LIVE UPDATES: The Russian journalists’ community as well as many bloggers have been avidly discussing a transcript leaked from a meeting of the new management of RBC with the staff.
Welcome to our column, Russia Update, where we will be closely following day-to-day developments in Russia, including the Russian government’s foreign and domestic policies.
The previous issue is here.
Recent Analysis and Translations:
– NATO Got Nothing From Conceding To Russia In the Past, Why Should It Cave To The Kremlin Now?
– Who is Hacking the Russian Opposition and State Media Officials — and How?
– Does it Matter if the Russian Opposition Stays United?
As we reported, three lead editors at RBC, a wire service which had a reputation of independence, were fired evidently under pressure from the Kremlin, and two new editors were put in their place.
They are Elizaveta Osetinskaya, editor-in-chief of the site; Maksim Solyus, chief editor of the RBC newspaper; and also Roman Badanin, chief editor of the RBC news agency
“If you cross the double line when you are driving, your license is removed. Does that mean that you will no longer drive an automobile or you will now fly a plane, or something else perhaps?”
“And it is a road. The news space, as you know full well, is a very sensitive zone. And we all have now a catastrophically difficult moment. Not only in RBC, but in all mass media. This difficult moment, I don’t know — the overflowing street traffic, very nervous drivers, the catastrophic tension everyone who is outside the automobile has, and inside of it. And our job is to display our professionalism in such a way that this traffic is as safe as it is for those who sit inside the car as it is for pedestrians.”
Trosnikov then continued with his concept of RBC as “colleagues” with TASS, as many of them trained at Kommersant.
“We are of the same school, believe me,” he claimed. “Both regarding the audience and responsibility to the audience — it’s the same in fact.”
“And when we get into not news content, but deep content, then everything has to be looked at through the prism of money, state money, the corrupt element, corrupt money, personal money, that is, the basic by-word is not in news content for RBC but in money.”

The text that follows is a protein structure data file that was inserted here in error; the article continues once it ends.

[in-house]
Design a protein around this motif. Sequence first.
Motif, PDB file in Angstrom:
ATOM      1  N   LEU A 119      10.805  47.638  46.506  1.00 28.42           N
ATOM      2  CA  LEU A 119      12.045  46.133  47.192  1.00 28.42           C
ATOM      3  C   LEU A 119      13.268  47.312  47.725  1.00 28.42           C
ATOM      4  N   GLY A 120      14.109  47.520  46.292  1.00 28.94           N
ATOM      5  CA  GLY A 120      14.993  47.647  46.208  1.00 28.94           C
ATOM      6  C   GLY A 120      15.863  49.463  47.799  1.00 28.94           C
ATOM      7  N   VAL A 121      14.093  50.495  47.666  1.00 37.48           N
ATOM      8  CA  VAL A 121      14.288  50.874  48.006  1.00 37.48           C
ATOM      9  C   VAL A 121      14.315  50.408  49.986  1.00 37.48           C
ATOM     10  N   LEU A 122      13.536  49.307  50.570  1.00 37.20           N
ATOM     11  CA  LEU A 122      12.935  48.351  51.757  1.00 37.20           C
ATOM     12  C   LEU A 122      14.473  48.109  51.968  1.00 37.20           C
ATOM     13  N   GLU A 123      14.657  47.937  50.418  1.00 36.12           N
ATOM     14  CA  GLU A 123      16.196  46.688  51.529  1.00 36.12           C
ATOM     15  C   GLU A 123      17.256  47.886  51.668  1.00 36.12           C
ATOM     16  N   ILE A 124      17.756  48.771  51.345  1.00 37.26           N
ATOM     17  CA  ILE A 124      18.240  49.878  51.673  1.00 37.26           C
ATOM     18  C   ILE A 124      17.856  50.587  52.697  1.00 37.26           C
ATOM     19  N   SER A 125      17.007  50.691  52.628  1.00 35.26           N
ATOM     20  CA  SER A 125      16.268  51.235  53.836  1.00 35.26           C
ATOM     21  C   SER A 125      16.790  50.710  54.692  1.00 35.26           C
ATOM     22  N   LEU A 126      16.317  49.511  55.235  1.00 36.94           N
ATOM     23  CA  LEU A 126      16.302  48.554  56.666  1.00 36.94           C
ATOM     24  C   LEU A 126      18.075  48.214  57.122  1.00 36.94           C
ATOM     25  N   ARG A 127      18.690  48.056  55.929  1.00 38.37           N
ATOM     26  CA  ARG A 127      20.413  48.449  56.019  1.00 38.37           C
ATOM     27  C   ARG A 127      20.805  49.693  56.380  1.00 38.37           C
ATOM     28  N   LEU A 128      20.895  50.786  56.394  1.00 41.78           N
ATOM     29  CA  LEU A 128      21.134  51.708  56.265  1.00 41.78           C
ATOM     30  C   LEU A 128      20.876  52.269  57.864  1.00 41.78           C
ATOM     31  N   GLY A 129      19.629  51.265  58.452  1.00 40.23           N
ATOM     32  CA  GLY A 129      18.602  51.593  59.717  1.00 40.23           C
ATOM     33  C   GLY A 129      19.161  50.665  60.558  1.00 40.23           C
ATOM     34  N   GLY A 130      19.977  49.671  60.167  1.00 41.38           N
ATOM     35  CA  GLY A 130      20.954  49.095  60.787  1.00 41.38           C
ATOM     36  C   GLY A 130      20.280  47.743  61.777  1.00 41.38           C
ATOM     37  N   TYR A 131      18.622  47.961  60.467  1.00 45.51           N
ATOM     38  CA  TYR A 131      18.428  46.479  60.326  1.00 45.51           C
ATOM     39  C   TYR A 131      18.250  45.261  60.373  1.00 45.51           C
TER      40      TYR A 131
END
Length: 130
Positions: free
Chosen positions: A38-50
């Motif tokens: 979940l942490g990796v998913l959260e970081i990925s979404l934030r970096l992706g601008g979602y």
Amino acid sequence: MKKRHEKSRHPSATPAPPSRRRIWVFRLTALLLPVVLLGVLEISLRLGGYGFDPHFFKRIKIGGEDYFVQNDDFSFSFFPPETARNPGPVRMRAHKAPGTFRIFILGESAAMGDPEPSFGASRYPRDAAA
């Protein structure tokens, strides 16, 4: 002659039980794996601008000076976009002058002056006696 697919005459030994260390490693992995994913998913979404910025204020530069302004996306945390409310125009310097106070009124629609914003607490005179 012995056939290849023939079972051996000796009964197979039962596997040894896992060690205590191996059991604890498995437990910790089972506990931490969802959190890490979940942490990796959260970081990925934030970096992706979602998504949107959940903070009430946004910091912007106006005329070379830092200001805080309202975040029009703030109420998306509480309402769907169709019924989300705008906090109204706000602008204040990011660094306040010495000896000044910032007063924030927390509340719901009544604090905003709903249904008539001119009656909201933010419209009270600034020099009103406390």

Golikova asked if the journalist didn’t think there should be any rules of the road at all:
“…there are rules of the road; everyone here are adults and understand perfect well that they [the rules] are thought up so that traffic is safe and so that people going 180/km and hour understand that they are risking their own lives.”
Trosnikov replied in exasperation, “I’ll tell you honestly, I will not answer such a question, you want too much.” Golikova urged the journalists to discuss future material.
The journalist came back at them with the remark that they had more material on Putin’s daughter.
Next the journalists discussed Putin’s absence. “It’s not investigation; it’s news,” said one.
Molibog asked, “Is it news?” He felt that the end of the piece RBC did publish, about people praying for the president was “irrelevant.”
“Believe me, we have sat many times where you have sat now, the shareholders changed in Kommersant, Berezovsky came to us, Usmanov, Kovalsky was fired. It was exactly the same, to be equal you would have to ask about computers that didn’t work.”
Kashin cited the story of a media outlet using an article from Le Monde about how many billions the Russian prime minister had; this led to the editor being fired. That was the “double line” — newspapers should not peer into officials’ wallets.
In fact Kashin was referring not to the current story of RBC, but to Izvestiya, and the firing of Igor Golembiovsky, its editor, and the involvement of the shareholder Lukoil. The prime minister in question was Viktor Chernomyrdin, and the story was back in 1997.
But now it is widespread, and all journalists will have to figure out how to cope with it.
— Catherine A. Fitzpatrick